The latest annual results for HSBC — released today — are at first glance a company boasting of a job well done.

The company’s pre-tax profit growth of nearly 150 percent is staggering in an industry that still finds itself awkwardly glancing around the room, ten years after triggering one of the worst financial crises in human history.

However in reality its pre-tax profits in 2016 — approximately $7.1bn — have not dipped as low since 2009.

Its profit collapse in 2016 is due largely to a series of significant items totalling $12.2bn, including a goodwill write-off in its European private banking business to the tune of more than $3bn.

Given that HSBC’s profits were only less than half a percentage point higher than in 2009 — when the global economy was collapsing — it is hardly surprising that HSBC managed to recover its profit in 2017.

And shareholders seem to agree, with shares in the bank falling by five percent shortly after the London market open. HSBC missed analyst expectations of $19.2bn pre-tax profits by $2.5bn.

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HSBC’s plan for future success seems to be the same plan that every company had five years ago — bank on China.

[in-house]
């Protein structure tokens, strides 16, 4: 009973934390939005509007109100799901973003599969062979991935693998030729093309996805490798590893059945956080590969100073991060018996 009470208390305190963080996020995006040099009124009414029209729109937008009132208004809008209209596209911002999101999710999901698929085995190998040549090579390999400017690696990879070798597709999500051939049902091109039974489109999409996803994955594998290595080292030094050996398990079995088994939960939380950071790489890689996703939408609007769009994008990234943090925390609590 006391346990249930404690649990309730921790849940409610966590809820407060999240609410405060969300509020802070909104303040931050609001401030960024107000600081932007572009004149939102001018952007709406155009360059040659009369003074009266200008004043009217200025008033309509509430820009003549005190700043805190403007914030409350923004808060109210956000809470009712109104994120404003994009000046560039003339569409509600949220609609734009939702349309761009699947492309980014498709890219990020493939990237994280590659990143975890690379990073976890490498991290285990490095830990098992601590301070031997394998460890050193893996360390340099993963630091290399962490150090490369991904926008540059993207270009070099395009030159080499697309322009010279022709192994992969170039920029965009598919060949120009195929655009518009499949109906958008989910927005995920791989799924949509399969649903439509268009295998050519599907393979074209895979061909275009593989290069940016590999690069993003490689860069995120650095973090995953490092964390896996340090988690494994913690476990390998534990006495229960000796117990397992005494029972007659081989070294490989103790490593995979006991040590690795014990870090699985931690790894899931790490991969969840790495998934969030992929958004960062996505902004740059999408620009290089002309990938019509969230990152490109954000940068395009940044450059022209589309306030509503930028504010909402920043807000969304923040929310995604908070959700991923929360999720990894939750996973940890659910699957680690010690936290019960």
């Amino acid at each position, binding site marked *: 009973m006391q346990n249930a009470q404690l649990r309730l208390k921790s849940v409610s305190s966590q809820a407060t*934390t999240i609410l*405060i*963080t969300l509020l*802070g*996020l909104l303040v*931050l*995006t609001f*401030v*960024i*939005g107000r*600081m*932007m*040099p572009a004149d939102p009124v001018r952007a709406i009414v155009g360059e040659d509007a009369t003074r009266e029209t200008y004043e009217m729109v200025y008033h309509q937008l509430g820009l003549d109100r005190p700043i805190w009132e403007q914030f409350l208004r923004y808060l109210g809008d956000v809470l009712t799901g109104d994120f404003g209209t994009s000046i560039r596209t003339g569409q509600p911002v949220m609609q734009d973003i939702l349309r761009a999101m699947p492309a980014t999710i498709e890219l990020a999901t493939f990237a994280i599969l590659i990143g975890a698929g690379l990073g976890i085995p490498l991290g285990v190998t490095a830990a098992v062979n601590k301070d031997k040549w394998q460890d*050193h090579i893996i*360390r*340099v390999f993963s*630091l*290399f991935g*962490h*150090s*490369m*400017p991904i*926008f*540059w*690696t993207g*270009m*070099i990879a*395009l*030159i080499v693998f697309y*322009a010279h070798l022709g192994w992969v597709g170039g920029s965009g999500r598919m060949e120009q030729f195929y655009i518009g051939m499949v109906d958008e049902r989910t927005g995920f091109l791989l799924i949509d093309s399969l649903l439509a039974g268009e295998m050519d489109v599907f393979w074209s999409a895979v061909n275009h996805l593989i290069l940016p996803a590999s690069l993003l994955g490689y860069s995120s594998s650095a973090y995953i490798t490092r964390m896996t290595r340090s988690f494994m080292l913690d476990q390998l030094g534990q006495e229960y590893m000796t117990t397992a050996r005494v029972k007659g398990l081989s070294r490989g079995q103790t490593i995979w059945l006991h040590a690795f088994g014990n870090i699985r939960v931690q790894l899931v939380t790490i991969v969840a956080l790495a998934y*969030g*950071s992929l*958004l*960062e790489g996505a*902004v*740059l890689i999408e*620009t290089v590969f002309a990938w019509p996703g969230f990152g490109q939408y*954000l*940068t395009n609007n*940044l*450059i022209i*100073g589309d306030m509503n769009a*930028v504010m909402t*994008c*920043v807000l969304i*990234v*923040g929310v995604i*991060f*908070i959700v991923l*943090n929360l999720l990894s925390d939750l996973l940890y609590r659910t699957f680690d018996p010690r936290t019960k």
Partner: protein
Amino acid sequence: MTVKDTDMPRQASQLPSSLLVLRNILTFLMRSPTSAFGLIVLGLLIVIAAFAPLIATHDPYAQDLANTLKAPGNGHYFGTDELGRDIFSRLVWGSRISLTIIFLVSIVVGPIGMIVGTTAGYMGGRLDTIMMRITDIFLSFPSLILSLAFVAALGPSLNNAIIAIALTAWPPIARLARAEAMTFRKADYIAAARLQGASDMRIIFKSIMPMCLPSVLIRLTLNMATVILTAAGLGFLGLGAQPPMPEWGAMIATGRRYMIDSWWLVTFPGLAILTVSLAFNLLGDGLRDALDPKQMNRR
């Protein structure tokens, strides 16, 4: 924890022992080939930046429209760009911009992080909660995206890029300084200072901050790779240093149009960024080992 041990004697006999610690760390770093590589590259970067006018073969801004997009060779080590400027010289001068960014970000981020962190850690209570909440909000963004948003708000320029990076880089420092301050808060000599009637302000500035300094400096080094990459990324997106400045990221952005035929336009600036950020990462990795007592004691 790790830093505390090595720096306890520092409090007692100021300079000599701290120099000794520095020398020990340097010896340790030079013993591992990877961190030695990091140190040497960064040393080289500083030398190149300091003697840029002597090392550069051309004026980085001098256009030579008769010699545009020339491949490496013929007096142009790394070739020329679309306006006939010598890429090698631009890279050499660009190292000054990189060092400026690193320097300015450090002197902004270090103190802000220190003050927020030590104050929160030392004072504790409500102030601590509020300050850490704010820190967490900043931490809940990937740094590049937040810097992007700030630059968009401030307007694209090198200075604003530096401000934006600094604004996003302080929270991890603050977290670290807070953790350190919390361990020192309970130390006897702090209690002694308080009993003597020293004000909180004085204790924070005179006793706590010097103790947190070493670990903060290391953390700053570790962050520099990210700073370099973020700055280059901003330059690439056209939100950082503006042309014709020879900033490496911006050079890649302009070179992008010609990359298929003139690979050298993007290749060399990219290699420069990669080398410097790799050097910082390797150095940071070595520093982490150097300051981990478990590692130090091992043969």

The share of the company’s pre-tax profits attributable to Asia has more than doubled in percentage terms and increased by more than 75% in monetary terms since 2006.

The most recent figures give a slight reduction in reliance on Asia — 80.55% vs 89.09% a year ago – but this remains a risky plan for HSBC given the general wariness about China’s potential to maintain its recent growth rate.

HSBC China
Source: MarketLine

HSBC’s reliance on Asian growth can be seen when comparing its share price to China’s GDP. Over the last two years Chinese GDP and HSBC’s London share price look incredibly similar.

It is a worrying sign for any company to be so closely linked to a single country’s performance, especially with China’s economic performance both unstable and uncertain.

HSBC China
Source: MarketLine

HSBC will likely become more intertwined with China’s economy and more reliant on its success.

When China’s economy inevitably slows HSBC could regret its close relationship with the country.